Large pastes into readline enabled programs causes breakage fromv2.6.31 onwards

From: Margarita Manterola
Date: Thu Jul 25 2013 - 07:29:12 EST


The problem:
Large pastes (5k or more) into a readline enabled program fail when
running kernels larger than v2.6.31-rc5. "Fail" means that some lines
are incomplete. From v2.6.39-rc1 onwards, "some lines" become "almost
all lines after the first 4k". This turns up at least in Fedora,
Debian, Ubuntu and Gentoo. From our findings, it should happen in any
readline enabled program on a system running kernels later than the
mentioned ones.

The problematic commits in the kernel tree:
1 - 2009-07-27 (never shipped) -

After this commit, pastes start breaking. For a 35k file, about 50%
of the times one or two lines are partially incomplete.

2 - 2009-07-29 (v2.6.31-rc5) -

This commit reverts the previous one, but adds one extra call to
flush_to_ldisc. Pastes still break, commenting out the function call
prevents breakage *up to 2.6.39-rc1*.

3 - 2011-03-22 (v2.6.39-rc1) -

This commit changes many schedule/flush/cancel_delayed_work calls into
schedule/flush/cancel_work. After this commit, the big breakage
starts: for the 35k example file, it starts breaking at aprox. 4k and
then every line is partially incomplete or directly not there.

Still after this commit, commenting out the tty_flush_to_ldisc(tty)
call added by e043e42bdb66885b3ac10d27a01ccb9972e2b0a3 prevents the

4 - 2011-04-04 (v2.6.39-rc2) -

This commit modifies the behaviour of how the ttys are polled. After
this commit, commenting out the tty_flush_to_ldisc(tty) call doesn't
prevent breakage anymore.

But then re-adding the call to schedule_work(&tty-> that was
removed in this commit, prevents the breakage even up to 3.11-rc2.
I'm attaching a diff of the patch that we applied, just to show what
had to be done, this is not a proposed fix, because this does cause a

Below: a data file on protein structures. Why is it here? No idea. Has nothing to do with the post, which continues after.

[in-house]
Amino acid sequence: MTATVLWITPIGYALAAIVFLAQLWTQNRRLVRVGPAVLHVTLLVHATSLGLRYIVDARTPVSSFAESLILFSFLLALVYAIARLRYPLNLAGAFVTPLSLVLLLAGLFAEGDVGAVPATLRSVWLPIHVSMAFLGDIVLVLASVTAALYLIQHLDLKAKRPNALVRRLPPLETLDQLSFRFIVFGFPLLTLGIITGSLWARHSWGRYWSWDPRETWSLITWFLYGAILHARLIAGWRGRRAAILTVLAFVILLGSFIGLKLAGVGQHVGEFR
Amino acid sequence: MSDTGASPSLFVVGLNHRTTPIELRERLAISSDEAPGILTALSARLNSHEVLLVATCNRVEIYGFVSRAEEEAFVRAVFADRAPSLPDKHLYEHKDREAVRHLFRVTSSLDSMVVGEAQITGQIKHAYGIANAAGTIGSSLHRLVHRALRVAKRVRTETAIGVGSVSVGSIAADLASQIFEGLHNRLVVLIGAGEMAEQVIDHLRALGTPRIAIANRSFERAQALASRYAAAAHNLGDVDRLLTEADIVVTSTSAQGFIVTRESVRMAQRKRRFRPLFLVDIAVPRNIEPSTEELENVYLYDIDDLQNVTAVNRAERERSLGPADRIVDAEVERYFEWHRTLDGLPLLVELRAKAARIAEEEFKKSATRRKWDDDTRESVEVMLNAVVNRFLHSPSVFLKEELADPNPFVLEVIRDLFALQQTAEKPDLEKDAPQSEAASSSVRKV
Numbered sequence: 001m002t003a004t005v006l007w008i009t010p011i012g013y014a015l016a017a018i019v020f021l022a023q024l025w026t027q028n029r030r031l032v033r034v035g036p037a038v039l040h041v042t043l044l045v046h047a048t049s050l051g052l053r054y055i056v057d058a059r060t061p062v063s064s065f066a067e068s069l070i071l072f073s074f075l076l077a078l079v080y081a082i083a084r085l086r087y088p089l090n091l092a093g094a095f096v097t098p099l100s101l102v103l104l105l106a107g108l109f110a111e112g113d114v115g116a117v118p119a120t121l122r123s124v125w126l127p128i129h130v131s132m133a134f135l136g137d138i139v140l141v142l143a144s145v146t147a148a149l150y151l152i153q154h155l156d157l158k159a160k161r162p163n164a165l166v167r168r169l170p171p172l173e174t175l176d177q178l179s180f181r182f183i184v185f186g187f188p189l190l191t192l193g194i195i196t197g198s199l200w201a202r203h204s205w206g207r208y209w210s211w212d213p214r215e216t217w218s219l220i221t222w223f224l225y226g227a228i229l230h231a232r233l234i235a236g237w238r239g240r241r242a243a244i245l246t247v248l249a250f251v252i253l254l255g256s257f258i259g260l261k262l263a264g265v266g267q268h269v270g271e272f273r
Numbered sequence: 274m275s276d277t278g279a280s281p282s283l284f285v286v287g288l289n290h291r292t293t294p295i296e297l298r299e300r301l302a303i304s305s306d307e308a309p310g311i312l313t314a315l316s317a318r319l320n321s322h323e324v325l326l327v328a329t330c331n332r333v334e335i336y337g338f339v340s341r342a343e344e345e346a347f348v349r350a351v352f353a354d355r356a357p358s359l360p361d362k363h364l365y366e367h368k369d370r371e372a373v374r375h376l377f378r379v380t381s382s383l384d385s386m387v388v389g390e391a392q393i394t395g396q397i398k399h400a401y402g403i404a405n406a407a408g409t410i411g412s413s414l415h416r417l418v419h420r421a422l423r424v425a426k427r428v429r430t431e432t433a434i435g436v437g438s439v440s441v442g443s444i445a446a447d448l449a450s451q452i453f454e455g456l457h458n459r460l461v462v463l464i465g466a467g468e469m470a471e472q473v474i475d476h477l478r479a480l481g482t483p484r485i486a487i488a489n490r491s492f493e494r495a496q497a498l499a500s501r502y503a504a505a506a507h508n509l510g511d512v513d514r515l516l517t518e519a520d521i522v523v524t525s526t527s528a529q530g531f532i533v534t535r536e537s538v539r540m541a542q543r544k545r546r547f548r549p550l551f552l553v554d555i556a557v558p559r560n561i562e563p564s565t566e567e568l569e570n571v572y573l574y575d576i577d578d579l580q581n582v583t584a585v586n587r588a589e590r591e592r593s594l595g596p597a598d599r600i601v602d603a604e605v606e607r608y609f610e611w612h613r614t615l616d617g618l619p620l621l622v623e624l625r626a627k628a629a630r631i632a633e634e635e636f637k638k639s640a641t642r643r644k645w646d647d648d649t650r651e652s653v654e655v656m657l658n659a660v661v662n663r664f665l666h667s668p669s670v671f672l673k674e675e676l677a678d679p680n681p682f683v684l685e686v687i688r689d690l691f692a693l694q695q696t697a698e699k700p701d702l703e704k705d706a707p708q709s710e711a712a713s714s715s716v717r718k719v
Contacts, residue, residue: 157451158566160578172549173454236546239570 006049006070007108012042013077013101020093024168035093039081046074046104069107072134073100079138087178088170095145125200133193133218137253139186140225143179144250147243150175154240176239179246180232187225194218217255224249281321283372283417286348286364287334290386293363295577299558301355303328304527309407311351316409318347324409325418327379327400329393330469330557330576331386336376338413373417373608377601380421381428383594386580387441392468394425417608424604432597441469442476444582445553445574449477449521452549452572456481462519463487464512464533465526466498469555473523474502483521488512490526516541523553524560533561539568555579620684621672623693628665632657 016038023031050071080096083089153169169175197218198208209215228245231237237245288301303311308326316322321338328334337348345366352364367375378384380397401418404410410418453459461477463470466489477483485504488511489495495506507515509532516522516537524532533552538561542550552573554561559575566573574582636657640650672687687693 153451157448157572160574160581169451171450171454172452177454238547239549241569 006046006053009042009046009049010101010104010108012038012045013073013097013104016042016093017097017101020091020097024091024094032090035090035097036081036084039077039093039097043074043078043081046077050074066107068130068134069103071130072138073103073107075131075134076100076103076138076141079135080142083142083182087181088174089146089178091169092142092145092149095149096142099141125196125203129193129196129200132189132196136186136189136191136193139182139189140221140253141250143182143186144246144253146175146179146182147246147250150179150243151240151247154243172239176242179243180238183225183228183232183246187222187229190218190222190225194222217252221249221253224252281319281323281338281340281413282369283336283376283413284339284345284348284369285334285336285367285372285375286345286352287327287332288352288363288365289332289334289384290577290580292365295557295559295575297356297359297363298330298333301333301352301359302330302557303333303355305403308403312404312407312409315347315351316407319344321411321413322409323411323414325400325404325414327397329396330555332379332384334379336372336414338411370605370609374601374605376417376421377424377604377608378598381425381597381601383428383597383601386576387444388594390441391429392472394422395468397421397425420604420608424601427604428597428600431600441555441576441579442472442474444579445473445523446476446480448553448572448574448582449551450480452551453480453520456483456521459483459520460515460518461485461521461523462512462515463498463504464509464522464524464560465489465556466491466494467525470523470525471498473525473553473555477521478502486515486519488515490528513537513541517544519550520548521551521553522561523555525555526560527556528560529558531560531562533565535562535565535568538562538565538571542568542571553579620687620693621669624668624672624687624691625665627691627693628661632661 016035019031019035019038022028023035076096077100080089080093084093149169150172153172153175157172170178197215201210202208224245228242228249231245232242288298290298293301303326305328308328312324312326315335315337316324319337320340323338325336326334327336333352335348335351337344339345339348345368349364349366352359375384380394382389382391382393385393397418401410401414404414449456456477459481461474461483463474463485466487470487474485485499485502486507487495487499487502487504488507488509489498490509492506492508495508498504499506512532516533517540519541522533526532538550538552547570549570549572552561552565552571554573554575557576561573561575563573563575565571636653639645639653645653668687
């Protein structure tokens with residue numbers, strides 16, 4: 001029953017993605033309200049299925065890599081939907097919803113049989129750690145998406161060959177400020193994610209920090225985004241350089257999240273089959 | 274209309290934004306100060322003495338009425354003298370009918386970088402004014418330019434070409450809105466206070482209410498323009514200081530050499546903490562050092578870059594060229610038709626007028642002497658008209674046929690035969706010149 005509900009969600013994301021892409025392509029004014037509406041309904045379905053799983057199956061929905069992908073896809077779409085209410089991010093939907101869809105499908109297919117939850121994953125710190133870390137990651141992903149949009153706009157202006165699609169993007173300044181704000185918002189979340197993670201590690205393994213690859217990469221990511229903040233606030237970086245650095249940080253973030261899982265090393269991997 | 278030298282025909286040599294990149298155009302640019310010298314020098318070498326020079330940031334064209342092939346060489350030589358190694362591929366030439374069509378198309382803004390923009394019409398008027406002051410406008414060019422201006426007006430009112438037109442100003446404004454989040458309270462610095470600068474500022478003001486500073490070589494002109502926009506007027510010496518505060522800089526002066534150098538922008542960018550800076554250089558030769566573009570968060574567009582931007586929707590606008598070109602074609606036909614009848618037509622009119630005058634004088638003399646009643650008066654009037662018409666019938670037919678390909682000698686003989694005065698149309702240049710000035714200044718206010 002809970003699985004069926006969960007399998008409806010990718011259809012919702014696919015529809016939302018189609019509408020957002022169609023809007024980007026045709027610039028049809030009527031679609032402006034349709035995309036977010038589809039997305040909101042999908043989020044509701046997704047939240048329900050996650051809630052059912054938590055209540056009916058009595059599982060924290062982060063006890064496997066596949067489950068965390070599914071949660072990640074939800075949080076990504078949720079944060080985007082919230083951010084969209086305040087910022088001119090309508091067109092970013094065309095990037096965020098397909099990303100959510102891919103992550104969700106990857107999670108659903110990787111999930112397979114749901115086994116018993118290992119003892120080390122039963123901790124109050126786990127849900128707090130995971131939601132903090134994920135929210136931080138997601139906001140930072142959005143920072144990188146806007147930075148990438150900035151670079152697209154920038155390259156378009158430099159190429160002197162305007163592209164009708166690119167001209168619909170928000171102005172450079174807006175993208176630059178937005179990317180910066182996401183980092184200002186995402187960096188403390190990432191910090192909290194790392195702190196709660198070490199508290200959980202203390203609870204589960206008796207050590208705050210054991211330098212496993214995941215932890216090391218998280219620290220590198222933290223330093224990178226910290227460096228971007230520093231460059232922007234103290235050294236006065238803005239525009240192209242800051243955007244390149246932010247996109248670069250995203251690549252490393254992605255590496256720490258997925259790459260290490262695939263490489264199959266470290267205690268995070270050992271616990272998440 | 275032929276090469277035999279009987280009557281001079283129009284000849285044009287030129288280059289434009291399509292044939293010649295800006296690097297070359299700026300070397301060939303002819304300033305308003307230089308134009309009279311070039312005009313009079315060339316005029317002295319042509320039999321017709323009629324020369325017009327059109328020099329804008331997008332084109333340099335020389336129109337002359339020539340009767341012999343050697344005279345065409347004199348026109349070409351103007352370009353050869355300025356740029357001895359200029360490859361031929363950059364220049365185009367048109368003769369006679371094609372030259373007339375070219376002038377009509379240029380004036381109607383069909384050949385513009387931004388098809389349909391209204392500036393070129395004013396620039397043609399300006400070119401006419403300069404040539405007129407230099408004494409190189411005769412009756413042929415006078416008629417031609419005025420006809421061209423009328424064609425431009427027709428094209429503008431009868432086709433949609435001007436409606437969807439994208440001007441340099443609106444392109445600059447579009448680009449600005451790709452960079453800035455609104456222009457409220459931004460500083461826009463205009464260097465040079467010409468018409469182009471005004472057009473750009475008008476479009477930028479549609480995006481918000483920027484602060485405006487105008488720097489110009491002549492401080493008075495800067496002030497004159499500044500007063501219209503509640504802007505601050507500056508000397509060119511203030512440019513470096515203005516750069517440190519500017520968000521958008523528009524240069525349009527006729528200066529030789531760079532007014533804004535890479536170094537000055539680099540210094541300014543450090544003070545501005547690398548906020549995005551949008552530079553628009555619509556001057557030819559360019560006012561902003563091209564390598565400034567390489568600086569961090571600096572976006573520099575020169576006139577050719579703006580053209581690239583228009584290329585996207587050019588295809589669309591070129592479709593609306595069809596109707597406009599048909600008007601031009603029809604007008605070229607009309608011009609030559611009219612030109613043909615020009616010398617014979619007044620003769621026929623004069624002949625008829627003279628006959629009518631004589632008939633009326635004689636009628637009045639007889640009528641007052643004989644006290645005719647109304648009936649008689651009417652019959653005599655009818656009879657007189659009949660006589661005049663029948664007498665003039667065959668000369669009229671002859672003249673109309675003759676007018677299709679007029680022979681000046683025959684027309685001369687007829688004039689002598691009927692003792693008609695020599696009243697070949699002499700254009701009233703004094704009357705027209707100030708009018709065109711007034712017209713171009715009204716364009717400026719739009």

busy loop that is particularly noticeable in VMs.

We haven't yet found a good fix for this issue, but we believe that
pasting into readline enabled programs shouldn't cause characters to
get lost, and it should be possible to do that properly without the
busy loop.

This was originally reported as a bug in readline, but it was found
that going back to very old kernels prevented the issue, regardless of
the version of readline.

Original Report (2012-06-25):
Follow Up thread (2013-07-22):

I'm attaching here a very simple readline enabled program that helps
with performing tests. Compile, run, then copy and paste a large
enough file into it, close and diff.

Looking at the code in readline, the issue is triggered by these lines
in rltty.c, while preparing the input:

tiop->c_lflag &= ~(ICANON | ECHO);
tiop->c_iflag &= ~(ICRNL | INLCR);

If those two lines are replaced by:

tiop->c_lflag &= ~(ECHO);
tiop->c_iflag &= ~(INLCR);

Then the pastes work fine: no lines are missing. Of course, this
means that readline doesn't work properly, but this is just to note
that those are the terminal settings that cause the issue to pop-up.

Credit: this investigation was done together with Maximiliano Curia.

Margarita Manterola
/* mini program to demonstrate problem with cut and paste, Frank Lübeck */
/* Simplified by Margarita Manterola. */
/* Compile:
* gcc -Wall -o minirl -O2 minirl.c -lreadline
* gcc -Wall -o minirl -O2 minirl.c $CPPFLAGS $LDFLAGS -lreadline -lncurses
* Run:
* ./minirl TESTOUT
* and paste the content of any text file (say 10kB without long lines),
* end program with Ctrl-d.
* Then
* diff original-file TESTOUT
* shows that in some lines trailing characters get lost. Or lines completely
* lost.

#include <stdio.h>
#include <unistd.h>
#include <stdlib.h>
#include <readline/readline.h>

int main(int argc, char** argv) {

char* s;
FILE *out;

if (argc == 1) return 1;
out = fopen(argv[1], "w");
while (1) {
s = readline("> ");
if (!s) break;
return 0;

Attachment: prevent_readline_paste_breakage.diff
Description: Binary data